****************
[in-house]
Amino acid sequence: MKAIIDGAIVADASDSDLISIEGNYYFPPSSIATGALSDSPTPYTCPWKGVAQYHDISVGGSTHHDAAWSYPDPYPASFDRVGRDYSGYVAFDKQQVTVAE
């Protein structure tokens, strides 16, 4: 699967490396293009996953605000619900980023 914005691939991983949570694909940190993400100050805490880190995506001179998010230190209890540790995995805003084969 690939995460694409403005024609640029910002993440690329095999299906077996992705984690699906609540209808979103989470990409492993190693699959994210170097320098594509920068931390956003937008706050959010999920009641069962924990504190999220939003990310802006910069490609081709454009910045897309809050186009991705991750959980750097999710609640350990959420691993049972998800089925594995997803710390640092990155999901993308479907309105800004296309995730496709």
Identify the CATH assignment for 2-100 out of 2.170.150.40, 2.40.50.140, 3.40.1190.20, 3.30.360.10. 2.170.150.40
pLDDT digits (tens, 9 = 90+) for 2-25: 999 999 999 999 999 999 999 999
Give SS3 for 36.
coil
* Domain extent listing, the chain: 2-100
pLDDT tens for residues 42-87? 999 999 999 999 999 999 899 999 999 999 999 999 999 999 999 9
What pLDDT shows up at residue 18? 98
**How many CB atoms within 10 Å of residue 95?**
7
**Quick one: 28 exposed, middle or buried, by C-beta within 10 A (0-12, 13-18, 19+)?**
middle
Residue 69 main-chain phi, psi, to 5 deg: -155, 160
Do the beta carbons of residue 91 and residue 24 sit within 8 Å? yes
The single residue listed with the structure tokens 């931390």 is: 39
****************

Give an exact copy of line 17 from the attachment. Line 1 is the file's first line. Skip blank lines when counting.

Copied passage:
The single residue listed with the structure tokens 């931390």 is: 39